MARCH 2007 BAD FAITH CASES
DEFENDANTS MUST BE INSURERS TO BE SUED PURSUANT TO PENNSYLVANIA’S BAD FAITH STATUTE (Philadelphia)
In Deborah Jordan v. SEPTA, et. al., Plaintiff, an injured SEPTA employee, brought a claim against SEPTA, the administrator for SEPTA’s worker’s compensation benefits, the attorneys for SEPTA in the worker’s compensation matter and two employees of the attorneys after SEPTA contested Plaintiff’s worker’s compensation claim. Plaintiff’s complaint alleged bad faith, civil conspiracy/defamation, misrepresentation and punitive damages. Defendants filed preliminary objections to Plaintiff’s complaint which were granted by the Court of Common Pleas and the complaint was dismissed with prejudice. Plaintiff appealed the Order of the Common Pleas Court dismissing the complaint. In the written opinion issued by the Court of Common Pleas supporting its Order dismissing Plaintiff’s complaint, the Court held that because none of the Defendants were insurers, Plaintiff has no right to relief pursuant to Pennsylvania’s bad faith statute. In order to be an insurer, an entity must be licensed as an insurer, do business as an insurer, issue insurance policies, collect premiums, or agree to accept the liability of others in exchange for consideration. Because none of the defendants are insurers pursuant to this definition, Plaintiff’s claims under Pennsylvania’s Bad Faith Statute were properly dismissed.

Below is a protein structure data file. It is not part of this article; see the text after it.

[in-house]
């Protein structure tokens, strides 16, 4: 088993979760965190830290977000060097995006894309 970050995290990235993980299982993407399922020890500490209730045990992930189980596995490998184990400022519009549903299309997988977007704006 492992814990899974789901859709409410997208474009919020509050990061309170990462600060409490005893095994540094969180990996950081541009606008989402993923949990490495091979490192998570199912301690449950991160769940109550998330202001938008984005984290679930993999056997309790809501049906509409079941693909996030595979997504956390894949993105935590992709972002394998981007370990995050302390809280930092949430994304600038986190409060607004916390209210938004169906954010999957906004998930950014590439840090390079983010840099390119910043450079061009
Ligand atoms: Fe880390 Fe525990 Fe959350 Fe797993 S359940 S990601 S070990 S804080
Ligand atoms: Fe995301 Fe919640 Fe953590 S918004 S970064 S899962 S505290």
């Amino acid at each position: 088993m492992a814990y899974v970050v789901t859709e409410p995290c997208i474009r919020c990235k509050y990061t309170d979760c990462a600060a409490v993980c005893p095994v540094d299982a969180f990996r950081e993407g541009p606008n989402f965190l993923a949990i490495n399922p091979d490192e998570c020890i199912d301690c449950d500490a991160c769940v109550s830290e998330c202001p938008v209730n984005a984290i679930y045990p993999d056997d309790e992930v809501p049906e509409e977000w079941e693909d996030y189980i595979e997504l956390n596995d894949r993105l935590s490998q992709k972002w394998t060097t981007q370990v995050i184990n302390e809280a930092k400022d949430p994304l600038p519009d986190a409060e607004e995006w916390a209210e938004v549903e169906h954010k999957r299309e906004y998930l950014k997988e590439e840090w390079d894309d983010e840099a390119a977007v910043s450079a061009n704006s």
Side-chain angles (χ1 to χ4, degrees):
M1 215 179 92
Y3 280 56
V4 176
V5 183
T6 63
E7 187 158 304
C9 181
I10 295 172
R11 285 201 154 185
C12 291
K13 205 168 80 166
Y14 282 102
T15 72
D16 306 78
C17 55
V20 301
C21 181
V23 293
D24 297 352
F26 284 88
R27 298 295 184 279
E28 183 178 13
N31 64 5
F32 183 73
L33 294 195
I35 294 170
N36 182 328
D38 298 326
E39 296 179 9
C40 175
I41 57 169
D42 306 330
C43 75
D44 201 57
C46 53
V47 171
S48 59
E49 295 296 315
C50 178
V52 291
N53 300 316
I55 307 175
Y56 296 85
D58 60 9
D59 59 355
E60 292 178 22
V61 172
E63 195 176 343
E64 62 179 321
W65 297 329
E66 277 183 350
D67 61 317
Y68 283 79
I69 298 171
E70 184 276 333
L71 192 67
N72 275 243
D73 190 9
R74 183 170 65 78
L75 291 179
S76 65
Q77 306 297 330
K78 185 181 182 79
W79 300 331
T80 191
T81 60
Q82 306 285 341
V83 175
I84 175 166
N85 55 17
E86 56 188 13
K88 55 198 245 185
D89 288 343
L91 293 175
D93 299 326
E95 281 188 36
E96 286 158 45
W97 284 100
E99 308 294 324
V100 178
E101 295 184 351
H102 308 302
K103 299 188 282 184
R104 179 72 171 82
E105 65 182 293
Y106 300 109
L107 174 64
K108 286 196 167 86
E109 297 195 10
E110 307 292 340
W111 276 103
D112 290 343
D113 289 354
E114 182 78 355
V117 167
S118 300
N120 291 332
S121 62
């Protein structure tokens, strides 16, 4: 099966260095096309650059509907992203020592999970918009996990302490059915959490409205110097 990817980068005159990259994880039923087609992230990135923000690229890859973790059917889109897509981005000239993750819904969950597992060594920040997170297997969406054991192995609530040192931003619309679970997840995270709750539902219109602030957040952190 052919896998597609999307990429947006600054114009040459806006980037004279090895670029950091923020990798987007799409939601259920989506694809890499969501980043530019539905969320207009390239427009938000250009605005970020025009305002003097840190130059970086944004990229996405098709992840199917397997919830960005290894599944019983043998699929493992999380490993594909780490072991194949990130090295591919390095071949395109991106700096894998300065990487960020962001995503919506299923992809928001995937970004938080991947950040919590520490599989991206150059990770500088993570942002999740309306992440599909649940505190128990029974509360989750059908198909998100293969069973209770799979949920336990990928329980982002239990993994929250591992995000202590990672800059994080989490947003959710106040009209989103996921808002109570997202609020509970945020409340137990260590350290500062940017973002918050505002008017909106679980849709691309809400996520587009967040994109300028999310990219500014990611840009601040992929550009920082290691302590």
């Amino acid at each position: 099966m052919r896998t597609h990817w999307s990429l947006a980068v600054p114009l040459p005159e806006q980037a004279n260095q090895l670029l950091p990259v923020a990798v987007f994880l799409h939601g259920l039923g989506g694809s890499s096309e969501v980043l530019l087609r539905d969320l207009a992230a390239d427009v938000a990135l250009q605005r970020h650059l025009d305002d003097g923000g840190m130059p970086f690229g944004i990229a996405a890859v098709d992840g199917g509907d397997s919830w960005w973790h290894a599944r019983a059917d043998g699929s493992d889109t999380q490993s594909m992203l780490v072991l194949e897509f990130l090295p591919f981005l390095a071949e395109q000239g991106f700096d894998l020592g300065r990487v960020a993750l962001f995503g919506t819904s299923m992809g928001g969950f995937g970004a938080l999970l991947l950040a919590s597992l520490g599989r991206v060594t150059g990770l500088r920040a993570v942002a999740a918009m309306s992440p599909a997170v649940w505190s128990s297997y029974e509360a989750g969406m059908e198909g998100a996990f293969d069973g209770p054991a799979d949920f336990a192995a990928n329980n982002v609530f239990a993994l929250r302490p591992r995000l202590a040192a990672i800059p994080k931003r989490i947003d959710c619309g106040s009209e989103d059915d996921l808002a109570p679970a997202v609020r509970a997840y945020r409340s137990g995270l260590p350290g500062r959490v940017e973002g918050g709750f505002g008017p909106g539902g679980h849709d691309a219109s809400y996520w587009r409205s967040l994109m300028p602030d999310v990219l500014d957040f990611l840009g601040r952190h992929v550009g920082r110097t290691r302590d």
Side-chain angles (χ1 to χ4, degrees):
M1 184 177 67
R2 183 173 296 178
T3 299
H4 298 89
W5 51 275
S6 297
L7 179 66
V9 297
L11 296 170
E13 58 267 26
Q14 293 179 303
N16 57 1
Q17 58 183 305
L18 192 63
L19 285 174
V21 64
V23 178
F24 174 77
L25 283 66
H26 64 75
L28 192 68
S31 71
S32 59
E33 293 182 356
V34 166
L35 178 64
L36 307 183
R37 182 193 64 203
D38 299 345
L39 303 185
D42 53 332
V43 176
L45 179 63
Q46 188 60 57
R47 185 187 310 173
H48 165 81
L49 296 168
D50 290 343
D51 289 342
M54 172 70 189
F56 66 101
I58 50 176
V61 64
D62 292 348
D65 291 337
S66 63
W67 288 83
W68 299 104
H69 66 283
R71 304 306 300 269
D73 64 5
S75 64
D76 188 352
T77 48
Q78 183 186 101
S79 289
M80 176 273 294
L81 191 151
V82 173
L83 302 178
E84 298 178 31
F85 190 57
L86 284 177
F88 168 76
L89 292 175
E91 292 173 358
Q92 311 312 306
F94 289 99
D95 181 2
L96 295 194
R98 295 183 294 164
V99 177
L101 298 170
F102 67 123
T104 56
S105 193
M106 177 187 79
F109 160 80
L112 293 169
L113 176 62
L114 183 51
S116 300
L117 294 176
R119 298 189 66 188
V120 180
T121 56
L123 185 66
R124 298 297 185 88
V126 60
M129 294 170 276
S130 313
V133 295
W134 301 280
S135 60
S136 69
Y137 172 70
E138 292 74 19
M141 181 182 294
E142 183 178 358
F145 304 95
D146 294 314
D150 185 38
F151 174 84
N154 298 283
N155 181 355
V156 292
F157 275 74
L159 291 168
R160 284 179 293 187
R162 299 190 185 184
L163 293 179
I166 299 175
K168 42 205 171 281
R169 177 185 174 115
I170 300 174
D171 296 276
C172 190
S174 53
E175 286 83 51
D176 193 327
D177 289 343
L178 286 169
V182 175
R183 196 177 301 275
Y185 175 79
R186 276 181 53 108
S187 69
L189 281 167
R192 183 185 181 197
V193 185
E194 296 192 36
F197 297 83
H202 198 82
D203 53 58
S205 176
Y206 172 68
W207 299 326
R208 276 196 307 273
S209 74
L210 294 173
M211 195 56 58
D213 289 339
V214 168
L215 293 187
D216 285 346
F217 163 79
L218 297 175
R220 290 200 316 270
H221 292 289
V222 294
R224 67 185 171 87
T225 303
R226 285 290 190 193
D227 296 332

Date of Decision: February 21, 2007
Deborah Jordan v. SEPTA, et al., Common Pleas Court of Philadelphia County, Pennsylvania Trial Division, No. 1102, 2007 Phila. Ct. Com. Pl. LEXIS 60 (C.C.P. Philadelphia Feb. 21, 2007)(Glazer, J.)